The number is large and startling: 150. That’s how many North Carolina workers lost their lives while on the job in the state in 2015.
The state branch of the AFL-CIO recently held a workers’ memorial event at the State Capitol. A bell tolled for each victim as family members and friends held aloft photos of their loved ones who lost their lives while working.
One of the victims died in a scaffolding collapse in Raleigh. Another died in a tank accident in Goldsboro.
That man’s wife was at the memorial, telling a TV news reporter that “it’s important just to remember these men.” Her husband was just 33 when he died.
“I think we can all get behind workplace safety and making sure that the events that caused this accident don’t happen again,” his wife said. “It was something that was totally preventable.”
Preventable tragedies are, of course, the most difficult for grieving friends and family to cope with.
The North Carolina AFL-CIO says the state’s Department of Labor must increase efforts to make workplaces across the state safer, compelling employers to provide more safety instructions to workers and hiring more inspectors to look for existing risks. The union also wants employers who are repeat violators of safety regulations and laws to receive stiffer fines.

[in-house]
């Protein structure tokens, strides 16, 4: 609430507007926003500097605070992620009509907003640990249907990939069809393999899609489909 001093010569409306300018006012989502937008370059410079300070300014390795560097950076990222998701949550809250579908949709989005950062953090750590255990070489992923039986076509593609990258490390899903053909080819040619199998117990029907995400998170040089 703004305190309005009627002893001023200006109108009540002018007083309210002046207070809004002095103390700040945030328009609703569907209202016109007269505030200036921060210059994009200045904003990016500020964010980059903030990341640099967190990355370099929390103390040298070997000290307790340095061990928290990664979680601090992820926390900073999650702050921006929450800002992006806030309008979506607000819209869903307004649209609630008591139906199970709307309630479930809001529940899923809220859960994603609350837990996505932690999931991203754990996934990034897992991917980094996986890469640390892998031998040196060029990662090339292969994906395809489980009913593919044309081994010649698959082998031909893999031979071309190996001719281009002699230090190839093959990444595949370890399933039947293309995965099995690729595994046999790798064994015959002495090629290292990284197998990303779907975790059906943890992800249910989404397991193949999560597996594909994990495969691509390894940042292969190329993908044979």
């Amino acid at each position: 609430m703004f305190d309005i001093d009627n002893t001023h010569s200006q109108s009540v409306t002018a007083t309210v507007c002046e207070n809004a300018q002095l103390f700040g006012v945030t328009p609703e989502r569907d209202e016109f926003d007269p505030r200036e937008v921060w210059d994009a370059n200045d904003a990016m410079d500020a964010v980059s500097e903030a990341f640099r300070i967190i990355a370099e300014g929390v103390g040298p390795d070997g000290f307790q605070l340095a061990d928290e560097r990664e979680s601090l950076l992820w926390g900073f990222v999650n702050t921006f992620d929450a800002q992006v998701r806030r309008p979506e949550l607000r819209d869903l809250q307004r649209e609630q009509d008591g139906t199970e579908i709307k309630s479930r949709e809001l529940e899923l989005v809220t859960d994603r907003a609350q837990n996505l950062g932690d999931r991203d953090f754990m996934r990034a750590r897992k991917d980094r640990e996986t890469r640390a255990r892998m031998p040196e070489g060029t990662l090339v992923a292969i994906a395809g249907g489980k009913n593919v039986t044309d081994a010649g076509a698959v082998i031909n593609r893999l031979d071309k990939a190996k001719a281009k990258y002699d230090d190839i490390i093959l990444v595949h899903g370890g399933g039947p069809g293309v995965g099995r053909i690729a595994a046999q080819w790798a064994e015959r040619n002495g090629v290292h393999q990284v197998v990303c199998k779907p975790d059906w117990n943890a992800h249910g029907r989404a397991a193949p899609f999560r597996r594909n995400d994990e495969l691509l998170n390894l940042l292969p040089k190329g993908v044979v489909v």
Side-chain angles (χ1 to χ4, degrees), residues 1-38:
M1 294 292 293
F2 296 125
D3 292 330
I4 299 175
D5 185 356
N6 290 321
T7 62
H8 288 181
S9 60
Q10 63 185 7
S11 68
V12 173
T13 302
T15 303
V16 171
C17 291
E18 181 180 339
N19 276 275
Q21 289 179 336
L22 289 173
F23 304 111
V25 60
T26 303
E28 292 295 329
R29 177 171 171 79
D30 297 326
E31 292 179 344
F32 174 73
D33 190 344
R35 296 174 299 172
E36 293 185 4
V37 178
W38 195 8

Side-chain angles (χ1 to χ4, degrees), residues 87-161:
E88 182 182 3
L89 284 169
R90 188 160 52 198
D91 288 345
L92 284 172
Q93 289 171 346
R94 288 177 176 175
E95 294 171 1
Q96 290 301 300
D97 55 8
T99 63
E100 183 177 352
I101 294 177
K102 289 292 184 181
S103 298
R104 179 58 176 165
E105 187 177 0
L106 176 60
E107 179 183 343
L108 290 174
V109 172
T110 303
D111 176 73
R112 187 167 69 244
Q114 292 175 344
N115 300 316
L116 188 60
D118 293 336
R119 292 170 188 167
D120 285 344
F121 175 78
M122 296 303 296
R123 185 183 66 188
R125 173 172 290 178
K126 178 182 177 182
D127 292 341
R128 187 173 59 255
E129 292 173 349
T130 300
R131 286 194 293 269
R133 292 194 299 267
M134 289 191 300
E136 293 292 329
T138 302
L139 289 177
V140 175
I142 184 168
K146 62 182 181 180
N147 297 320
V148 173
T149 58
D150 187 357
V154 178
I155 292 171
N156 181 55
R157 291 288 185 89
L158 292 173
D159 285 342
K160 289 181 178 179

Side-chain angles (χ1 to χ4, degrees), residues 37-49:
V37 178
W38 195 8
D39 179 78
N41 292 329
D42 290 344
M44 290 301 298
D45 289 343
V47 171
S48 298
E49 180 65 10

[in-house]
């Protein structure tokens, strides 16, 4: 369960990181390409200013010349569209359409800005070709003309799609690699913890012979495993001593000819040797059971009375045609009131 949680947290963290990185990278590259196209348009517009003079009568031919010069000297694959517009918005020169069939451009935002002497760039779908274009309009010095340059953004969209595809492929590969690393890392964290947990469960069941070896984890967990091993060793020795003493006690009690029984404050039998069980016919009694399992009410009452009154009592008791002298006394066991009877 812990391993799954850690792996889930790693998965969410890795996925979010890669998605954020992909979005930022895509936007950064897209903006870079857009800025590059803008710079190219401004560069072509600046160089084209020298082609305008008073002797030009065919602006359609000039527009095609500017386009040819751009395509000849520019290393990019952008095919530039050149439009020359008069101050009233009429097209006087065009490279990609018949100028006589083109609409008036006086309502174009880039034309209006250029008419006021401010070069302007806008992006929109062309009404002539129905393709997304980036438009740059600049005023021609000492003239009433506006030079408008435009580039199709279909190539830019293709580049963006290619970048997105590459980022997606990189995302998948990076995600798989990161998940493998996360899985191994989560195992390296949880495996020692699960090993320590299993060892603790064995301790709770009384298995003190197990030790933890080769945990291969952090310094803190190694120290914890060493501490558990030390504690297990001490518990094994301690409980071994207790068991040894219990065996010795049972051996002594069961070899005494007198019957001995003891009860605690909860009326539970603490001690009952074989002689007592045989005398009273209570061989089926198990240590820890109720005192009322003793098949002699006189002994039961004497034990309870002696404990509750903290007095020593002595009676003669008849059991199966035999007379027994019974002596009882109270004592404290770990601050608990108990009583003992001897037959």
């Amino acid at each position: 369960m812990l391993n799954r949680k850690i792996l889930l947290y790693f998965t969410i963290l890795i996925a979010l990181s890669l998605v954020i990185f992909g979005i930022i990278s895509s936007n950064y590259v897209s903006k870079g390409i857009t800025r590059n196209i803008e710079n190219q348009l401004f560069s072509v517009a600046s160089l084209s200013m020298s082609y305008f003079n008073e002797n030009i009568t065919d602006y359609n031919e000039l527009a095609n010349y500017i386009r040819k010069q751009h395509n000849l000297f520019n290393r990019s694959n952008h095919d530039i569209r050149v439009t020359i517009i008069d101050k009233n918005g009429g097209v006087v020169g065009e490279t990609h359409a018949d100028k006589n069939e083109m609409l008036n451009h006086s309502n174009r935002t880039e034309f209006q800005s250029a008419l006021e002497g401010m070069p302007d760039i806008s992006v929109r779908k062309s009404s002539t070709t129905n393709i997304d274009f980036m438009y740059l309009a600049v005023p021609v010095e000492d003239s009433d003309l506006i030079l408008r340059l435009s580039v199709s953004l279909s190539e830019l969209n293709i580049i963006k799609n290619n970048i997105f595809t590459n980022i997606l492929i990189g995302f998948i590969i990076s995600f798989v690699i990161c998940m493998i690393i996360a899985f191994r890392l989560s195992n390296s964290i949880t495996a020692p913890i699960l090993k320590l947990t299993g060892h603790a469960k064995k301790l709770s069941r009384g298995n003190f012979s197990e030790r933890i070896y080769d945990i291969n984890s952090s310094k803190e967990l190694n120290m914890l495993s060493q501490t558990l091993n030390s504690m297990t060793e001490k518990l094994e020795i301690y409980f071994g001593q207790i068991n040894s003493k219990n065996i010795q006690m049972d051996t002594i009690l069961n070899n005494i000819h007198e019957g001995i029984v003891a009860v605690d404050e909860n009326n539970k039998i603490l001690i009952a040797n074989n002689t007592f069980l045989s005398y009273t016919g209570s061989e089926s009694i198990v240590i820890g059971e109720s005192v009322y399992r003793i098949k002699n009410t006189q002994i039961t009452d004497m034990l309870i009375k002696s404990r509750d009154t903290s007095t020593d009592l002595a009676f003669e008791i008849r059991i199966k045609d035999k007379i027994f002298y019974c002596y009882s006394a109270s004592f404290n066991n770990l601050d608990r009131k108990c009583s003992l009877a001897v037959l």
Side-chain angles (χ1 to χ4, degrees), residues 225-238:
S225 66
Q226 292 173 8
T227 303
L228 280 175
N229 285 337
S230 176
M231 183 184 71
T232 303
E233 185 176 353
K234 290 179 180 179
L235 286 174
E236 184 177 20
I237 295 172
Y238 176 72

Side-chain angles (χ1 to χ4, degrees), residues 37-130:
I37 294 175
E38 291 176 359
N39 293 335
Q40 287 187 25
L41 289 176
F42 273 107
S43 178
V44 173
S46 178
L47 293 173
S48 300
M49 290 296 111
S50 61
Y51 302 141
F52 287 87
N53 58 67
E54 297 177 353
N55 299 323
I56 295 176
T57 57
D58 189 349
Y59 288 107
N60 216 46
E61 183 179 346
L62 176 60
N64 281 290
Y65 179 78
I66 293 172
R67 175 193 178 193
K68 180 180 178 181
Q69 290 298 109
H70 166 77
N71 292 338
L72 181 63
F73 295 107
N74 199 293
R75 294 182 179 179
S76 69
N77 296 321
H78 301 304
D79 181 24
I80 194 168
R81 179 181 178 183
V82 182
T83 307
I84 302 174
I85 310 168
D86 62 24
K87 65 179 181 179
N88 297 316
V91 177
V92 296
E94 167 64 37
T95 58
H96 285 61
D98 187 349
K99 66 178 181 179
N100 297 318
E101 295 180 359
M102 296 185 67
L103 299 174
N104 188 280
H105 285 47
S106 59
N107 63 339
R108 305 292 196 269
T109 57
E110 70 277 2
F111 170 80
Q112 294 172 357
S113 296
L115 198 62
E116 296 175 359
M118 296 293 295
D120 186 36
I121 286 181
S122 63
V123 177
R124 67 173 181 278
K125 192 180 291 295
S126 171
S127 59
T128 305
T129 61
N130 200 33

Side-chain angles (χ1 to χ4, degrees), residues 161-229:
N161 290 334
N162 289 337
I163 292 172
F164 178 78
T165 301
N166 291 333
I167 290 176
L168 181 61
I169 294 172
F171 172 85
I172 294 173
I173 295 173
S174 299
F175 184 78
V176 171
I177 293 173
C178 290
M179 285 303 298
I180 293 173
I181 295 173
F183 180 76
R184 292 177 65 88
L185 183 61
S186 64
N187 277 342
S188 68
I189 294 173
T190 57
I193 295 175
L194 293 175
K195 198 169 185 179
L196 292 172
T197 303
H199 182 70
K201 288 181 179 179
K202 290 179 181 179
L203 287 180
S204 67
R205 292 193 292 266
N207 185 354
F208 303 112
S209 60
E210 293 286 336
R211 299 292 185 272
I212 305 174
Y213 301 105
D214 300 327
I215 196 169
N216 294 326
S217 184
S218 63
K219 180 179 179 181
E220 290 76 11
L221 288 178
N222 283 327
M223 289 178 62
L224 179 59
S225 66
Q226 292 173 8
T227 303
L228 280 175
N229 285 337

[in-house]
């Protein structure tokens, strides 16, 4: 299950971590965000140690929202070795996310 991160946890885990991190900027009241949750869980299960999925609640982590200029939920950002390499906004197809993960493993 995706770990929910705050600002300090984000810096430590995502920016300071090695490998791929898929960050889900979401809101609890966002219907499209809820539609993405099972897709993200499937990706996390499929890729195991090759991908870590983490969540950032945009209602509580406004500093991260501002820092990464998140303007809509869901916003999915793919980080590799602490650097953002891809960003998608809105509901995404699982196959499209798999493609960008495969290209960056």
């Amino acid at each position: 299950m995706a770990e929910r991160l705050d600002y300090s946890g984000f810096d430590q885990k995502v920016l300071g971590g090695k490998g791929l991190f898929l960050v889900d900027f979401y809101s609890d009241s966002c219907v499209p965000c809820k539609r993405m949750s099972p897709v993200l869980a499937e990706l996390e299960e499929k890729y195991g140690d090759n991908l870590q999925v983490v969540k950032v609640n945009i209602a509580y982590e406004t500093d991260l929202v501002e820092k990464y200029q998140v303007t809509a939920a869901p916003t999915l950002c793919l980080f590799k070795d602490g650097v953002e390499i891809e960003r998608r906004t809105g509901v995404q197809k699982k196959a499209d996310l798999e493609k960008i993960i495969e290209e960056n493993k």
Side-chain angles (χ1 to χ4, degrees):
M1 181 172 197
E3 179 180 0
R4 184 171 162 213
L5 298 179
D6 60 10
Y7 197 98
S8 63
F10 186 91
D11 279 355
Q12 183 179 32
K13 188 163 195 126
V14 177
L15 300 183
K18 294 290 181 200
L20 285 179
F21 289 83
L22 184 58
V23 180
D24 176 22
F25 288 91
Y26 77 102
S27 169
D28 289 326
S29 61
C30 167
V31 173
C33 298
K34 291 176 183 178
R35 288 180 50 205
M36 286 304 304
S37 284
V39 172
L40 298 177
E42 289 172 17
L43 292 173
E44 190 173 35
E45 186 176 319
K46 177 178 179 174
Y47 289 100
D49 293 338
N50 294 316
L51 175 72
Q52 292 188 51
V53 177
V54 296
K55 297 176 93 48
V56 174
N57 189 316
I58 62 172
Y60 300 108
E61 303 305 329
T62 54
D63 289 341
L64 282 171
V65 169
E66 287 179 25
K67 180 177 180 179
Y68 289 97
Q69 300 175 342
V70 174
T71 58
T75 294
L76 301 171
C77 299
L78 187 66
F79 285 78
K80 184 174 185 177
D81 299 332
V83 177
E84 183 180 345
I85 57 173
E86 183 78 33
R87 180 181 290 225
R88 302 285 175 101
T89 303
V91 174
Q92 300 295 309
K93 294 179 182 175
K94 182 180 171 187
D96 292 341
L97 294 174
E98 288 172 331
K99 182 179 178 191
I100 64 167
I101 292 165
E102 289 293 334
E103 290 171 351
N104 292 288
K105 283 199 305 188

The department released a statement saying it is working “to reduce injuries, illnesses and fatalities.”
The union pointed out that the labor commissioner declined to even attend the memorial. A spokesperson said the commissioner was unable to attend because she was here in Charlotte observing worker safety achievements.